For many species of reptile, crucial demographic parameters such as juvenile survival and individual sex (male or female) depend on ambient temperature. This suggests that population persistence and, hence, geographic range could be determined by local climate and be strongly impacted by climate change. Unfortunately we know little about these factors empirically or how they might interact in continuous populations with or without dispersal. Furthermore, although not temperature linked, the adult sex ratio may influence female fecundity through the effects of the strength of male limitation and, hence, population persistence. This thesis has been a first step in quantifying the relative importance of juvenile survival, juvenile sex ratio, male limitation and dispersal in determining reptile population persistence, range limits and range change in stable and warming climates using plausible and testable models. Recent models of climate warming have predicted major consequences (local population extinctions) for populations with temperature-dependent sex determination (TSD) arising from biased juvenile sex ratios. In many TSD reptiles females are produced at warmer temperatures and increasingly feminised populations are occurring. Juvenile survival may also be affected by temperature, because eggs successfully incubate only at certain temperatures. In Chapter 2,the population dynamics of theoretical female-biased populations of reptiles with TSD were compared to populations with genotypic sex determination (GSD) using an analytical approach. The effects of climate (ambient air temperature) on juvenile survival, juvenile sex ratio and male limitation on population size and persistence were evaluated in populations of females. A population growth equation was used to estimate population sizes of females in ecological equilibrium, along three gradients of stable environmental temperatures (i.e. 16 – 31oC,18 – 33oC and 20 – 35oC). Included in the equation were cohort sex ratios (CSR) response curves (to model skews in the sex ratio) and ‘normal’ (wider) and ‘left-skew’ (narrower) curves to model temperature-dependent embryonic survival. There were three levels of male limitation: none, moderate and strong. Warmer climates producing female-biased sex ratios in populations of reptiles with TSD resulted in larger effective population sizes of females in the short-term. However, reduced fecundity in female-biased populations when fecundity was limited by the abundance of males resulted in smaller population sizes and reduced population persistence across a narrower range of temperatures. The effects of the moderate and stronger levels of male limitation were qualitatively similar, except that the stronger level resulted in greater reductions in population sizes. The shape of the temperature–dependent juvenile survival curve influenced the number of surviving TSD and populations of reptiles with GSD, and the wider curve resulted in greater population persistence. For populations of reptiles with TSD, despite short-term increases in population sizes in female-biased populations the decrease in males and reduction in juvenile survival as a result of climate warming are likely to offset any short-term gains. Reptiles with limited climatic range, or not able to change their range are at risk of population declines from climate warming. Species located at range edges live closer to their physiological limits and experience greater stress than those located towards the centre of their ranges. Male-biased dispersal is thought to be the main dispersal tendency in reptiles. As climates warm, if populations become increasingly female-biased recruitment of male hatchlings through dispersal may facilitate population persistence at range edges. In Chapter 3,population persistence in reptiles in a stable climate (temperature gradient 18 – 33oC) was explored further with the introduction of dispersal. The role of dispersal in determining population persistence and range limits was explored extensively in continuous populations of males and females. A matrix of 10,000 populations were distributed along a temperature gradient (100 temperatures, the columns of the matrix),and replicated with 100 populations per temperature (the rows of the matrix). A simulation model was developed that incorporated both demographic (Chapter 2) and dispersal models. The dispersal model was a probability density function based on a fat-tailed dispersal kernel including three levels of dispersal (none, small and large). There were four dispersal tendencies (none, male, female and both sexes). Simulations proceeded in 1000 discrete time steps (years),and there were 10 replicates for each combination of TSD and, separately GSD with each dispersal level and tendency. Dispersal tendency was found to be more influential in determining population persistence and range limits in TSD than in populations of reptiles with GSD. Populations of reptiles with GSD were more influenced by temperature-dependent embryonic survival. Hence, populations of reptiles with TSD were able to persist beyond the limits of populations of reptiles with GSD through dispersal. This is a key and novel finding. Under climate warming these effects were exacerbated. TSD reptiles are considered to be very vulnerable to climate warming as they have biased juvenile sex ratios. Furthermore, imbalanced sex ratios in marginal habitats determine the limit of range expansion, in stable climates. As climates warm it has been predicted that imbalanced sex ratios at the leading (colder) edge of the range of a species will become more equal resulting in more rapid population growth. As a consequence, a new pool of dispersers will be produced and this will facilitate range expansion. In Chapter 4,the population model and simulation details were similar to Chapter 3. The main differences were: there were 15 replicates for each dispersal condition; dispersal levels of none, very small and small were used; and there were two simulations, one for a scenario of no climate warming and the other for a scenario of climate warming. A 3oC increase in ambient temperature across 100 years was chosen. Simulations were run for 1100 years in a stable climate (temperature gradient 18– 33oC) (no climate warming scenario),and separately for 1000 years, followed by 100 years where temperature increased in equal increments until a 3oC increase was reached (climate warming scenario). Populations with female-biased primary sex ratios did not become extinct following climate warming by 3oC. As climates warmed the effects of the interaction of juvenile survival, juvenile sex ratios and male limitation were further exacerbated and a number of populations were lost at the warmer edge of the range. Nevertheless, the loss of populations was less than would have occurred on the basis of theoretical predictions about the effects of climate warming on populations of reptiles with TSD. Dispersal level was found to be most effective in increasing population persistence in populations of reptiles with TSD when dispersal occurred at a relatively ‘large’ level. Populations showed little capacity for range shift, or range expansion following climate warming. Populations of reptiles with TSD with increasingly female-biased (and not equal) adult and juvenile sex ratios reached the largest sizes, following climate warming, at the colder edges of the range. Populations of reptiles with TSD with temperature-linked juvenile sex ratios and juvenile survival as well as limited dispersal capacity and limited behavioural or evolutionary compensatory mechanisms may be vulnerable to future declines in population persistence. However, the rate of local population extinctions from climate warming may not be as great as previously thought.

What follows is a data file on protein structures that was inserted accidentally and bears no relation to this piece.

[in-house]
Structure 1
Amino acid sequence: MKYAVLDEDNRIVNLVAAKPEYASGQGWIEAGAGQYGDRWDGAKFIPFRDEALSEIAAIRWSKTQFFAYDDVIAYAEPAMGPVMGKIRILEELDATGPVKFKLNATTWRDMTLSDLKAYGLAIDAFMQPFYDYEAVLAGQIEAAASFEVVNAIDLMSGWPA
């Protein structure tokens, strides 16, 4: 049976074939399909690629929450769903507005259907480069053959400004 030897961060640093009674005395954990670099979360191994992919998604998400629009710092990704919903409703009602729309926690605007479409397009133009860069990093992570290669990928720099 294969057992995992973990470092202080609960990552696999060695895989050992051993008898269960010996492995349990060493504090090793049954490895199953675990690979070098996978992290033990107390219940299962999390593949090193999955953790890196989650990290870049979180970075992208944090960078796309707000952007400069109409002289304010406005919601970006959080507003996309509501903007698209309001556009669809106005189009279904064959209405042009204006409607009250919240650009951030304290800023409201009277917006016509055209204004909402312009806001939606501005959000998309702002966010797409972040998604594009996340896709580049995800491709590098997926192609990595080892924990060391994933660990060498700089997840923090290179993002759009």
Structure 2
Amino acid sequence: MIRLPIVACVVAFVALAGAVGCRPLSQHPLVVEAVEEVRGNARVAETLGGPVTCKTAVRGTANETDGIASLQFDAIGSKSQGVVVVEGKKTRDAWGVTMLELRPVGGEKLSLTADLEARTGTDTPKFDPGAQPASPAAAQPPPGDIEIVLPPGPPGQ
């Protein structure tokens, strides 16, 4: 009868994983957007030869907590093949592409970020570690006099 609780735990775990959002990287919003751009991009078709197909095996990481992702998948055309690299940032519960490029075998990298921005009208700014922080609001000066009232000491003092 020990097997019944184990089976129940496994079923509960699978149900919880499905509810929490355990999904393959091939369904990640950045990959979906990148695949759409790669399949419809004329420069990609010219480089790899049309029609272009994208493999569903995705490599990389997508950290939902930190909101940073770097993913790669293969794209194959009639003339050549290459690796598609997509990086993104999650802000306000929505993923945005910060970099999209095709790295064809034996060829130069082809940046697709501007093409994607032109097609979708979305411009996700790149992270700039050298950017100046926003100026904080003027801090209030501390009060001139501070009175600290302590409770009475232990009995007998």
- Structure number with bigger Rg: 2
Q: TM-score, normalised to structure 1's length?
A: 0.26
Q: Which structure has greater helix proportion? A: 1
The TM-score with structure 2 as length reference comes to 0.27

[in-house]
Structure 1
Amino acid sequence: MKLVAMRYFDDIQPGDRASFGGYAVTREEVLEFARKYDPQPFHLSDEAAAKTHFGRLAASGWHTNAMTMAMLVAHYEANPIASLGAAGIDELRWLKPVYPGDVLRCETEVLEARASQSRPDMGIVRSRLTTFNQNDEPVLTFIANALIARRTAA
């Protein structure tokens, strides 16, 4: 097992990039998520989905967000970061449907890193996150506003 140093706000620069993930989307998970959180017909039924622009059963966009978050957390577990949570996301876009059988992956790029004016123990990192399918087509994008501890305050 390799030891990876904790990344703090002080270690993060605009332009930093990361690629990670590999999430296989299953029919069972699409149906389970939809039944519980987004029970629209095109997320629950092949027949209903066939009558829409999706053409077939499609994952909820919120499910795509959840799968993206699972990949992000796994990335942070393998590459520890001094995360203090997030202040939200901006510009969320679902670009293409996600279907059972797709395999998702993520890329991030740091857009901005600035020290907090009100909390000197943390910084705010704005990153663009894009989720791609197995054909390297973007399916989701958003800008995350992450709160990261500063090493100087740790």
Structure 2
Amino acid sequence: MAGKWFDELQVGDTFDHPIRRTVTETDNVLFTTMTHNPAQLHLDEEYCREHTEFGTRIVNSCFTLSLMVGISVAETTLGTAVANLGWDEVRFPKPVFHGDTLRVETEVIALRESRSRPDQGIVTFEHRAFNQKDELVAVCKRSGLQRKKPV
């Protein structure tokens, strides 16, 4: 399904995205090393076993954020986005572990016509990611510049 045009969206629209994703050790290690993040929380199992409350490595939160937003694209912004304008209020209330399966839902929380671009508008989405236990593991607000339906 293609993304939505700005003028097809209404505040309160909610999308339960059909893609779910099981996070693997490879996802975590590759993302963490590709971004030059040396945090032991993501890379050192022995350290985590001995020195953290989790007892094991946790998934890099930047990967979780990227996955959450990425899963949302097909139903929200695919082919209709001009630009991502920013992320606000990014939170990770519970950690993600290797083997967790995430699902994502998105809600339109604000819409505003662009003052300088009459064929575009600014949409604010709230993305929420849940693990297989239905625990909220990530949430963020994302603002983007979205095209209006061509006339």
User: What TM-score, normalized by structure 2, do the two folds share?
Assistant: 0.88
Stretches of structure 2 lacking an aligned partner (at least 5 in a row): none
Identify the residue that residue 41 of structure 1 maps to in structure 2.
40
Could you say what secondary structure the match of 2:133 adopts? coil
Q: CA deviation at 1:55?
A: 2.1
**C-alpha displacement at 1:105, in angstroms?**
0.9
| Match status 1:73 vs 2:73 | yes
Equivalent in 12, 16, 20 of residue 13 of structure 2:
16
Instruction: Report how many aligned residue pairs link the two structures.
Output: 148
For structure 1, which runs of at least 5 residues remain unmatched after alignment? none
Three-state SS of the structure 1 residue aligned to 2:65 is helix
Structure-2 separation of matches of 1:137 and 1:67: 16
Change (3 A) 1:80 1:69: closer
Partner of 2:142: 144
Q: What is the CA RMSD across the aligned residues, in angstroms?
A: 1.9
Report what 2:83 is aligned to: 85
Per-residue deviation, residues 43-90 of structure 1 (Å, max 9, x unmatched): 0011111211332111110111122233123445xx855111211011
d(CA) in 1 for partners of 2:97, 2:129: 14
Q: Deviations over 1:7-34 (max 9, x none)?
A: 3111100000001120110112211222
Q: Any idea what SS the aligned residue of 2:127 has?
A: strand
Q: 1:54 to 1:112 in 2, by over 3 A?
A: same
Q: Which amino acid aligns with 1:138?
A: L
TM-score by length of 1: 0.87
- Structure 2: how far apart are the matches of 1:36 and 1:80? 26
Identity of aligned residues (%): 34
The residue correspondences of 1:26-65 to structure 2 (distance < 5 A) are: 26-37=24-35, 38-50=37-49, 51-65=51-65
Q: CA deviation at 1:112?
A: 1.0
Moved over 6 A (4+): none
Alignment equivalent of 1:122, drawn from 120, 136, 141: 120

Date of Award2014
    Original languageEnglish
    SupervisorArthur Georges (Supervisor), Larry Hone (Supervisor) & Lisa Schwanz (Supervisor)

    Cite this